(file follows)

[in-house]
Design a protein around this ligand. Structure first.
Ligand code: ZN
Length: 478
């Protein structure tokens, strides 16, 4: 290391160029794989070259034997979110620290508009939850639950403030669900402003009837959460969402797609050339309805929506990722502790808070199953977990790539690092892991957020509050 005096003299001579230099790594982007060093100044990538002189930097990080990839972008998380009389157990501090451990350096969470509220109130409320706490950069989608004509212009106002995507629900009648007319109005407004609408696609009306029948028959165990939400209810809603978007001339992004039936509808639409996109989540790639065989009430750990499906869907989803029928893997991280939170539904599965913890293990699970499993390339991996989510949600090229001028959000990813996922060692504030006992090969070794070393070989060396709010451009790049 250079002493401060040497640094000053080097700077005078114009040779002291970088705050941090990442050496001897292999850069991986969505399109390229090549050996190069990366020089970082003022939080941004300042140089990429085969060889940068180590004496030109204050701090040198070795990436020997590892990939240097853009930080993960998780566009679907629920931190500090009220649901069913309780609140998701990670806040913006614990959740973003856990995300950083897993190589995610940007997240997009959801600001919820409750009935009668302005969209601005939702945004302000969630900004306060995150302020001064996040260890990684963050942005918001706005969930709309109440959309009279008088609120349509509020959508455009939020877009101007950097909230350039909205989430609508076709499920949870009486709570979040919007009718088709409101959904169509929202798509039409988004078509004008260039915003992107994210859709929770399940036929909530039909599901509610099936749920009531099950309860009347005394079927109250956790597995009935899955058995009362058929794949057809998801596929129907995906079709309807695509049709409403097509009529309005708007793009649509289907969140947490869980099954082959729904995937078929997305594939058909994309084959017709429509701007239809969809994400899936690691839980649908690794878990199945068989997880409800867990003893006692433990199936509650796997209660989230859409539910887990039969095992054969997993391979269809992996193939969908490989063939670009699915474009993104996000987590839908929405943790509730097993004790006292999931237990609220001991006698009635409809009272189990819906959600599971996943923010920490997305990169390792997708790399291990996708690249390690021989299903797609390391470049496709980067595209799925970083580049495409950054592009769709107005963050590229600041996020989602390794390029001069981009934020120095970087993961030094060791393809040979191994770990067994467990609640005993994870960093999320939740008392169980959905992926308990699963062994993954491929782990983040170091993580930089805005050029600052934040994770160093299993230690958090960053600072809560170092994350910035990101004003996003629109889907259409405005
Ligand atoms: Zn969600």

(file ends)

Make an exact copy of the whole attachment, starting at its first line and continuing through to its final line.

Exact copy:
[in-house]
Design a protein around this ligand. Structure first.
Ligand code: ZN
Length: 478
């Protein structure tokens, strides 16, 4: 290391160029794989070259034997979110620290508009939850639950403030669900402003009837959460969402797609050339309805929506990722502790808070199953977990790539690092892991957020509050 005096003299001579230099790594982007060093100044990538002189930097990080990839972008998380009389157990501090451990350096969470509220109130409320706490950069989608004509212009106002995507629900009648007319109005407004609408696609009306029948028959165990939400209810809603978007001339992004039936509808639409996109989540790639065989009430750990499906869907989803029928893997991280939170539904599965913890293990699970499993390339991996989510949600090229001028959000990813996922060692504030006992090969070794070393070989060396709010451009790049 250079002493401060040497640094000053080097700077005078114009040779002291970088705050941090990442050496001897292999850069991986969505399109390229090549050996190069990366020089970082003022939080941004300042140089990429085969060889940068180590004496030109204050701090040198070795990436020997590892990939240097853009930080993960998780566009679907629920931190500090009220649901069913309780609140998701990670806040913006614990959740973003856990995300950083897993190589995610940007997240997009959801600001919820409750009935009668302005969209601005939702945004302000969630900004306060995150302020001064996040260890990684963050942005918001706005969930709309109440959309009279008088609120349509509020959508455009939020877009101007950097909230350039909205989430609508076709499920949870009486709570979040919007009718088709409101959904169509929202798509039409988004078509004008260039915003992107994210859709929770399940036929909530039909599901509610099936749920009531099950309860009347005394079927109250956790597995009935899955058995009362058929794949057809998801596929129907995906079709309807695509049709409403097509009529309005708007793009649509289907969140947490869980099954082959729904995937078929997305594939058909994309084959017709429509701007239809969809994400899936690691839980649908690794878990199945068989997880409800867990003893006692433990199936509650796997209660989230859409539910887990039969095992054969997993391979269809992996193939969908490989063939670009699915474009993104996000987590839908929405943790509730097993004790006292999931237990609220001991006698009635409809009272189990819906959600599971996943923010920490997305990169390792997708790399291990996708690249390690021989299903797609390391470049496709980067595209799925970083580049495409950054592009769709107005963050590229600041996020989602390794390029001069981009934020120095970087993961030094060791393809040979191994770990067994467990609640005993994870960093999320939740008392169980959905992926308990699963062994993954491929782990983040170091993580930089805005050029600052934040994770160093299993230690958090960053600072809560170092994350910035990101004003996003629109889907259409405005
Ligand atoms: Zn969600």